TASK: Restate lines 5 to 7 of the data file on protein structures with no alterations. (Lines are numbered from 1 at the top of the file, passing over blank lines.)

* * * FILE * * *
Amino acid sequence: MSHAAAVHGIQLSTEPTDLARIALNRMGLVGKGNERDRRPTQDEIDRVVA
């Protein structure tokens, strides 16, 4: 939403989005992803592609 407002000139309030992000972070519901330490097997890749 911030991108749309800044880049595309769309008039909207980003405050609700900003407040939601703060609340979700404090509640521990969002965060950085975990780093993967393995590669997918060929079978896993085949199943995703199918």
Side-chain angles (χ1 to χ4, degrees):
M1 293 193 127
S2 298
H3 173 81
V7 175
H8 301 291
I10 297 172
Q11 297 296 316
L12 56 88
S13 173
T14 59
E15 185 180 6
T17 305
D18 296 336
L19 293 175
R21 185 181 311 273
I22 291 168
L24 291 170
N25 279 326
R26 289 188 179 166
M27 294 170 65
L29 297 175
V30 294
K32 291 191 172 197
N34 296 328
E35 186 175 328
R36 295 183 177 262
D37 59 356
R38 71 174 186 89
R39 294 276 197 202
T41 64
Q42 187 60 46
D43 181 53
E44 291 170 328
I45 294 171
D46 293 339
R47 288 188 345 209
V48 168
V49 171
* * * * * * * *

S2 298
H3 173 81
V7 175